This is just a discussion I found on's forums. It's a thread where folks discuss how many veteran artists have deemed the 'anime' style as somewhat amateurish. I will post some of the more interesting responses for reference.

Flamedragon speaks:
  • With anime, on average it's quite a mouth might just be a line across, the calves might just be lines curving upwards, a line to indicate the neck muscles from the front. I like seeing the muscles show, shadows...I want to get the feeling that the character is alive! That's why nowadays I've been getting back into comic books.
Ah, the simplified style of anime is most troubling in that these 'lines' are supposed to mimic complex muscle formation. Not good if you want to be treated as a serious artist who takes his craft seriously it seems.

Kev Ferrera:
  • I think the limitations of anime art are somewhat analogous to Egyptian Hieroglyphs or Persian Miniatures. It can be beautiful, but its a bit like fast food. Easy and simple and enjoyable, but often offering only empty calories.
No comment.

  • The reason Anime exists as it is, is because it's a style intended for animating. It necessarily needs to be simplistic.
Now this person speaks of anime's origins - where the country's devastated economy forced young (and old) Japanese artists to work with such low budgets they had to devise a way to animate things simply...

  • Personally, I don't have anything against the anime aesthetic. In fact it does a lot of things really well using the aesthetic. My issue with young artists placing a strong emphasis on anime is that it drives them into a stylistic and especially conceptual corner. I've seen this over and over, where young artists who subscribe to this style becomes uncreative - all of it ends up looking the same, feeling the same, reading the same - and more over, the concepts don't vary at all. I think it's really important for any contemporary illustrator to diversify, to be flexible and versatile. Subscribing purely to anime, from what I've seen, goes a long way in killing those qualities.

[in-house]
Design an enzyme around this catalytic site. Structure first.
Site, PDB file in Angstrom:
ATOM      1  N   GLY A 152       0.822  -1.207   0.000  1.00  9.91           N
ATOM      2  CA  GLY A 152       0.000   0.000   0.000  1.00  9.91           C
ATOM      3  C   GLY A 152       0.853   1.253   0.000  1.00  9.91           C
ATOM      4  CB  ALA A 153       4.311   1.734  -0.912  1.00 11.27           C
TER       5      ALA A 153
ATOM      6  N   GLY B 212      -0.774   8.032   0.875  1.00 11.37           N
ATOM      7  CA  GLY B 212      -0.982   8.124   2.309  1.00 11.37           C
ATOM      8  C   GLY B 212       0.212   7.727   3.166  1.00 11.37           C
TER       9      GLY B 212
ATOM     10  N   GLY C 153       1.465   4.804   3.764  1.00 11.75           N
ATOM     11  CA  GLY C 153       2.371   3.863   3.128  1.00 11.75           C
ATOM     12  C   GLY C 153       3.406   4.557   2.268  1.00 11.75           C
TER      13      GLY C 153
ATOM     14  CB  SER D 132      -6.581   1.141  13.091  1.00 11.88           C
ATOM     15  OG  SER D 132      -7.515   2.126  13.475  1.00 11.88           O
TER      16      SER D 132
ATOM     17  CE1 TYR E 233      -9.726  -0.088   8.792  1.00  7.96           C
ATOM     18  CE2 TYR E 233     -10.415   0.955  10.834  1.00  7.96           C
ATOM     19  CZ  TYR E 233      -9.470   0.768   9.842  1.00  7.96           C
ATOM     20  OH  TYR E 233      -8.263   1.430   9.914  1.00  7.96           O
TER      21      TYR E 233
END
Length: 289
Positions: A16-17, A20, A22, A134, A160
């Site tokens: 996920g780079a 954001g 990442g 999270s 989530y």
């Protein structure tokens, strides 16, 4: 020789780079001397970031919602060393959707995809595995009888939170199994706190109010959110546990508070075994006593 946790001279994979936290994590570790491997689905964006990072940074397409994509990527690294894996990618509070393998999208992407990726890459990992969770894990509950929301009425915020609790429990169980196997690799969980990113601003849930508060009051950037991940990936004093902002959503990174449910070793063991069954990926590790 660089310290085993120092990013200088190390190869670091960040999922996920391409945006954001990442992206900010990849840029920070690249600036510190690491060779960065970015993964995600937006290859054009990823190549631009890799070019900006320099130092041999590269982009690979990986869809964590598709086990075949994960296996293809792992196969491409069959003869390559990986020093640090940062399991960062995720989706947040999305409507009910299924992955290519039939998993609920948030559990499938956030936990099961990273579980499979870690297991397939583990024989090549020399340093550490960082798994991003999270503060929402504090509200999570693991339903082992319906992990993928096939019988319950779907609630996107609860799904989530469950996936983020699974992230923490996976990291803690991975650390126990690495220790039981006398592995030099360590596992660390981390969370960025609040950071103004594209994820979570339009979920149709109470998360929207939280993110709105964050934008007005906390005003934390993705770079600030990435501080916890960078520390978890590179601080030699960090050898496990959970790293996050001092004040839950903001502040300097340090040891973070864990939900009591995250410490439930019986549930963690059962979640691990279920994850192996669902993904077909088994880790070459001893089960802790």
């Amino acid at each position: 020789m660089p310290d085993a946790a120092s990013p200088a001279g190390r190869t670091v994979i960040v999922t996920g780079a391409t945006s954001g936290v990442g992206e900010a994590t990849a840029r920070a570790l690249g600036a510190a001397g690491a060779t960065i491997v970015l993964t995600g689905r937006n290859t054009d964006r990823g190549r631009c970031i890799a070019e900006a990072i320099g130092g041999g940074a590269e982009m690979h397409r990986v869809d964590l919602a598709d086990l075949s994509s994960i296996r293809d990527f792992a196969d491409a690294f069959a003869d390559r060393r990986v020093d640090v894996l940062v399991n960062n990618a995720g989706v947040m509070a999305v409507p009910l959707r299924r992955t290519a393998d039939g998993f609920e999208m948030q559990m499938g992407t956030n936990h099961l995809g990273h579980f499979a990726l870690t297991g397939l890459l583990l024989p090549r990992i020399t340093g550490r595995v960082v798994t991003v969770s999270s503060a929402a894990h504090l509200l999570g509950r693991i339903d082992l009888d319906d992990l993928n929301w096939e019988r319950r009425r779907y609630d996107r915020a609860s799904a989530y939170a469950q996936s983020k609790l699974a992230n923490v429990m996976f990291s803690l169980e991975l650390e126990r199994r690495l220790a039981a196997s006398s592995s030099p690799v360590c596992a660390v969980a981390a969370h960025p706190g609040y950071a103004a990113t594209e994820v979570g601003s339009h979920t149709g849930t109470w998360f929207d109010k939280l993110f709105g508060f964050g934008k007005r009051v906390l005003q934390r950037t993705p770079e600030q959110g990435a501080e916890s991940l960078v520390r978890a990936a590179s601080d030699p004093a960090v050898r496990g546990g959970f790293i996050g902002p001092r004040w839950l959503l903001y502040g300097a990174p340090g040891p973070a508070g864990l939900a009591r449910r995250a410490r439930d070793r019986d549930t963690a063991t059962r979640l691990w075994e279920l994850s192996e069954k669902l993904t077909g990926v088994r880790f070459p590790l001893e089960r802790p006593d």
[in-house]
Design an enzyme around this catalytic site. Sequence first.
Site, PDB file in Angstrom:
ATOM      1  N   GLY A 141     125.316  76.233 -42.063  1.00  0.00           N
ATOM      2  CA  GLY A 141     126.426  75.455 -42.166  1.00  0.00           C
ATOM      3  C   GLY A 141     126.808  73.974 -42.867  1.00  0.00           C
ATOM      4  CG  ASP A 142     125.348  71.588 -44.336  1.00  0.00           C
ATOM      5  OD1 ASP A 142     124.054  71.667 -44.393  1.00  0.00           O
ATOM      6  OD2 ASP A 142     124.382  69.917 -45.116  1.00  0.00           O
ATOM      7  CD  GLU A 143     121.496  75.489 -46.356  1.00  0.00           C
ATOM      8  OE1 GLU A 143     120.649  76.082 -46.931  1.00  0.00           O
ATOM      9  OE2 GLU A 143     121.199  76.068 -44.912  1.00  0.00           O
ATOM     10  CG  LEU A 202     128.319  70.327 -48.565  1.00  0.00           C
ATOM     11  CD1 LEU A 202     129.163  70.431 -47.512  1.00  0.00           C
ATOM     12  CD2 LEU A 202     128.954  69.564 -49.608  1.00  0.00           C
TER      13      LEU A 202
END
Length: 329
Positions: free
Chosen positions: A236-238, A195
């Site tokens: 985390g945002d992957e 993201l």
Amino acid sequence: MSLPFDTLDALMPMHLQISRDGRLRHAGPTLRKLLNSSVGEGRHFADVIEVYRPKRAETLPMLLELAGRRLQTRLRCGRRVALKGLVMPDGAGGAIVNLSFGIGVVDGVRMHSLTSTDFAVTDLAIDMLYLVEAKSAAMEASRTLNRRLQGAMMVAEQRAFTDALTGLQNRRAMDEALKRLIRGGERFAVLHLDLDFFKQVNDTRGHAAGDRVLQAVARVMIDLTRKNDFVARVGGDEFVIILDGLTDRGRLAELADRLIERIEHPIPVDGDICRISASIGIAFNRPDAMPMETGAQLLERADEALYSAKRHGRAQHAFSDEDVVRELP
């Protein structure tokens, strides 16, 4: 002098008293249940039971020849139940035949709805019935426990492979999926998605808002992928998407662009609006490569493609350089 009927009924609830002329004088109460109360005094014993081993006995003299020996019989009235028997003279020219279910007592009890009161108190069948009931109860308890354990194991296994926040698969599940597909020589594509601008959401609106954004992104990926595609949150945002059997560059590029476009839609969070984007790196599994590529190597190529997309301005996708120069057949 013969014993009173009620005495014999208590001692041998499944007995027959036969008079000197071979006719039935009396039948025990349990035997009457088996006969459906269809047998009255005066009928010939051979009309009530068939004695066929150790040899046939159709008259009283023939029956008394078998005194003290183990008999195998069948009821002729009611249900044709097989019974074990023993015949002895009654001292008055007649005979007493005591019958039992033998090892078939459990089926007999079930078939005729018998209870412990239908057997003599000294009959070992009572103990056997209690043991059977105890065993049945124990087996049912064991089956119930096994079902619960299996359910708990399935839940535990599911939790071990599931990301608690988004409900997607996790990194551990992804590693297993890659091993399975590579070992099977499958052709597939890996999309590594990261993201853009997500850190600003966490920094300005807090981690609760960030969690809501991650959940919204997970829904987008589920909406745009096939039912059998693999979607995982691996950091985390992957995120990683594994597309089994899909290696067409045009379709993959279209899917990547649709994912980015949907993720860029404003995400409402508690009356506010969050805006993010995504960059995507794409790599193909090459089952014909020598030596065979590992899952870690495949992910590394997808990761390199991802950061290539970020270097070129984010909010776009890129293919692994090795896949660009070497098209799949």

This is interesting - Brendan is convinced that sticking to to 'anime'-style would lead to a kind of 'stagnation' - which is true. More often than not, the only distinguishing feature amongst a lot of anime characters is through hair-type, eye-color. This blandness is dangerous and will definitely lead you to creating a lot of same looking art.

Seba boi:
  • As for anime-style animation, as already said before, it's simplistic because it's made to be drawn thousands of times... But that said, there's still a significant amount of very innovative character designs from the anime world... And I'm particularly fond of some of the works in CLAMP, Ah! My Goddess, Cowboy Bebop, Serial Experiments Lain, Last Exile, and Rurouni Kenshin... And I love it when some of them tries to emulate the Mucha style like some art pieces for Wolf's Rain and X...
This person refers to anime's stylistic achievements. These are pretty good examples of the medium, and shows how far it could go, but I'm not sure it would convince serious art enthusiasts. Is it possible that national pride among artists also plays a role to the rejection of Japanese anime, as a style?

  • Why does anime get all the attention? Am I wrong, or do young artists also confine themselves by emulating American comics, Disney, and whatever cartoons are playing on Cartoon Network? If you hop over to the creature-creating world, every other drawing looks like it stepped out of The Lion King, Balto, or Spirit: Stallion of the Cimarron - no appreciation for animal anatomy. I'll admit there are a lot of anime artists out there, but before anime took over wasn't everyone drawing steroid-pumped men and big-breasted women with tiny waists?

    The important thing... is that anime and manga creators normally have a very strong understanding of anatomy before they begin to push it into their own style. And as mentioned, anime needs to be simpler because of the medium. That's the step that most kids miss... and if they're lucky, they'll figure it out. Otherwise, they're just going to do what most all kids do: copy the stuff they like.
I like her point. Anime isn't the only style we should discuss. There are generations of young artists who have preferred a particular style - some would stick to Lion King, or as Ren & Stimpy's John Kricfalusi mentions - "The CalArts UPS style" (More on that in the future)

Megas Imperius:
  • There are certain anime that throw the stylized characters into contrast with realism, in a good way--Cowboy Bebop, for instance, has very detailed backgrounds and, though the futurescape is strange, it's handled in a very realistic way.

    And there are works like Castle of Cagliostro which have astoundingly fluid animation--if you really pay attention to the way characters move, it looks almost mo-capped. Not to mention that Castle's environments were some of the lushest I've ever seen in an anime.
Weird, huh? Liking anime's symplistic style to stick figures moving around photo-real environments. This point is similar to the one above.

Here something. Not all Japanese artists stick with the anime style. If that's what you're thinking...


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